25 Years of Zelda in 25 Days - 1989

By 1989, Zelda – and Nintendo in general – fever raged high. Although the next game in the official Zelda series wouldn’t be released until 1992, 1989 was anything but a quiet year for Zelda fans. Merchandise was widely available and the Zelda fans of 1989 could start their day by eating Mario and Zelda cereal, packing their Zelda lunchbox into their Zelda backpack, playing the Zelda board game with their school friends at recess, and at the end of the day drift off to sleep while tucked into Zelda bedsheets (complete with matching curtains). Most Zelda fans will probably remember 1989 as the year of the infamous Zelda cartoon, and this article will certainly cover that, but before you can say, “Well excuuuuse me, Princess,” I’d like to show you a few other lesser-known relics of this year.

Anyone who had been thinking about dressing up as Link for Halloween had their wish granted this year with this special release costume:

1989 Link Costume

1989 Link Costume

Contrary to what you may believe, Link’s Awakening was not the first portable Zelda game. 1989 saw the release of two much lesser-known games, with Zelda games released for both Game & Watch and Game Watch.

The Game & Watch was a handheld device made by Nintendo that somewhat resembled the Nintendo DS with its two LCD screens. Instead of being able to play multiple games, each Game & Watch had an inbuilt game along with a clock and alarm function. These devices were a precursor to the original Game Boy and proved to be extremely popular. The Zelda version, simply called Zelda, required Link to battle eight dragons in order to collect eight Triforce pieces. The dragons have captured Princess Zelda and the only thing that can break the seal to her prison is the complete Triforce. The gameplay has Link fighting through a dungeon on the lower screen of the console, and once he reaches the dragon boss, he climbs a set of stairs and then the action switches to the upper screen where Link must fight the dragon. This game was re-released as a Nintendo Mini Classic and as an unlockable extra in 2002’s Game & Watch Gallery 4 for the Game Boy Advance.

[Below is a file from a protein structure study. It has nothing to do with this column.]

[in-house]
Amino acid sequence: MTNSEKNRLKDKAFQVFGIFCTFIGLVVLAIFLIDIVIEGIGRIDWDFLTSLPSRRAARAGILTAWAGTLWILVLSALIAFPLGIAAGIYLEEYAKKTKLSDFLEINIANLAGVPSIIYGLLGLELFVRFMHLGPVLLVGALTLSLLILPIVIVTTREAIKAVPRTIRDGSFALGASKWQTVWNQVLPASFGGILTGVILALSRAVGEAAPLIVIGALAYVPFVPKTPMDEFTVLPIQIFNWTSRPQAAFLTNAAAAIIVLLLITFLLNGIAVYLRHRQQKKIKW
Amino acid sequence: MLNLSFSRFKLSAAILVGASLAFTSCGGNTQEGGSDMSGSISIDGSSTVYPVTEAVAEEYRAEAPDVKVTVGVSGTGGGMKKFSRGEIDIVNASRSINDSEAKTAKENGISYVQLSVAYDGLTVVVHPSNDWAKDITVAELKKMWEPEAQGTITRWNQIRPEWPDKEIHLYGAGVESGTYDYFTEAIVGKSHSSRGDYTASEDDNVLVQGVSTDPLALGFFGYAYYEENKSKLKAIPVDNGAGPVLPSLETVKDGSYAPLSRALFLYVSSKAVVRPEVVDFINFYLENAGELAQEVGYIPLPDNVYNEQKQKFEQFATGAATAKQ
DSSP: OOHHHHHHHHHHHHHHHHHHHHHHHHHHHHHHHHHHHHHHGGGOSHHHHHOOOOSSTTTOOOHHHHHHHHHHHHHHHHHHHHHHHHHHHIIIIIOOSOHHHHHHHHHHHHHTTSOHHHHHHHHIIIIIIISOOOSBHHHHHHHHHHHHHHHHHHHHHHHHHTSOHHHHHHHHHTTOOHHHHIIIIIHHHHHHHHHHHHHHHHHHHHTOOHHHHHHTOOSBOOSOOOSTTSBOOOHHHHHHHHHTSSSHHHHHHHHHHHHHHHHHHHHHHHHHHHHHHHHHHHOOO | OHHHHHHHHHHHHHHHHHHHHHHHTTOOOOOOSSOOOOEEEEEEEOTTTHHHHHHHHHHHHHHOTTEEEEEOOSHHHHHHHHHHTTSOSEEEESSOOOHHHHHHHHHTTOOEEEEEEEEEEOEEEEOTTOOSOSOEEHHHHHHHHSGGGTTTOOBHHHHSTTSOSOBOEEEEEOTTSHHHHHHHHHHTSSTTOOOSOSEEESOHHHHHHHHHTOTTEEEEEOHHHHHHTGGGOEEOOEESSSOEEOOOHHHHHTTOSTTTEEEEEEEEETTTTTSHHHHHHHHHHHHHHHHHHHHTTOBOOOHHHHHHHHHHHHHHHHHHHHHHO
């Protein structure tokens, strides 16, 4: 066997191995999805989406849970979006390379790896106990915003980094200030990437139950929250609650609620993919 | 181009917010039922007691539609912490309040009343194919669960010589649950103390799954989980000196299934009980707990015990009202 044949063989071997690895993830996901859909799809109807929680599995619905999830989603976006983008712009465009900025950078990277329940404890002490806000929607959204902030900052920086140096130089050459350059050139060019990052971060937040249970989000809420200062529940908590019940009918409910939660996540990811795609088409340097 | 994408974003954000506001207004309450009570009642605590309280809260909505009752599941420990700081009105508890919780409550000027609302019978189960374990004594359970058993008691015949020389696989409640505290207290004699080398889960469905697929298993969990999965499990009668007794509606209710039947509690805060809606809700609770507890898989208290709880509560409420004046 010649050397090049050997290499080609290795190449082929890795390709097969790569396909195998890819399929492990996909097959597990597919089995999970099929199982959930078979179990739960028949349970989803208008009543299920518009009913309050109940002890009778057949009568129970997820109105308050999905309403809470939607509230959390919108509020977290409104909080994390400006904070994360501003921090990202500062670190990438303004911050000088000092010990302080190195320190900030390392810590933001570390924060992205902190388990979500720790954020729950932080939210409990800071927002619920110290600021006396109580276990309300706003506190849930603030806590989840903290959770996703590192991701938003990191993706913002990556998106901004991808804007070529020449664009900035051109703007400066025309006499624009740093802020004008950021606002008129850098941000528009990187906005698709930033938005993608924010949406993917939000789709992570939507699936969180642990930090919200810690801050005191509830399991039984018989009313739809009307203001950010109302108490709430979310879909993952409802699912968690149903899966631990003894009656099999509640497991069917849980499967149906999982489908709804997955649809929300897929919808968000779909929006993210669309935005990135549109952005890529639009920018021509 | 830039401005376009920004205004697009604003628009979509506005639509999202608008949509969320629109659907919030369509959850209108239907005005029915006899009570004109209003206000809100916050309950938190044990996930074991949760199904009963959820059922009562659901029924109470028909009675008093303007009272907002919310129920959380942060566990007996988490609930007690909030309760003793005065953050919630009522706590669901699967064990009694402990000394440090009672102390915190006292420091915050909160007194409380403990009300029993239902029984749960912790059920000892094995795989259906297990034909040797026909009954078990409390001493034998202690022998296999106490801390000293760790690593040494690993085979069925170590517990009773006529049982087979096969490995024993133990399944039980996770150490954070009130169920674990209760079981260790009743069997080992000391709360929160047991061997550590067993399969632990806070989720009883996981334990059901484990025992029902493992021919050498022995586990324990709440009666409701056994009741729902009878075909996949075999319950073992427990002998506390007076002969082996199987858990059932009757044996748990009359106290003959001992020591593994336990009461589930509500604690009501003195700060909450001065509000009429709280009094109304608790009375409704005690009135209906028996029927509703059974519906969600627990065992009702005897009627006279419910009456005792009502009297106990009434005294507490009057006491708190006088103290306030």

Zelda Game & Watch

Unlike the Game & Watch, the Game Watch was an actual wrist-watch with a built-in game. The Legend of Zelda version pits Link against Aquamentus, one of the bosses from the first game. Link must make his way through four dungeons, each with four rooms. At the end of each dungeon, Link fights Aquamentus (or more specifically, one of Aquamentus’ three sons and then Aquamentus himself) in order to collect a piece of the Triforce. In this game the Triforce has only been split into four pieces, and once all four pieces have been reunited the game is complete.

Molblin's Magic Spear

The first Zelda book that wasn’t a strategy guide was also released this year. Molblin’s Magic Spear is a story about one of the many adventures that Link had while on his way to rescue Princess Zelda from Ganon. He encounters a Molblin who has a spear that no matter how many times it’s thrown will always appear back in the Molblin’s hand. Link uses his wits to deceive the Molblin in order to get past him and continue on his journey. The book was beautifully illustrated and accompanied by an audio cassette tape which narrated the story and even featured actors from the animated series providing voices for the characters. The following video plays the original audio over scans of the book: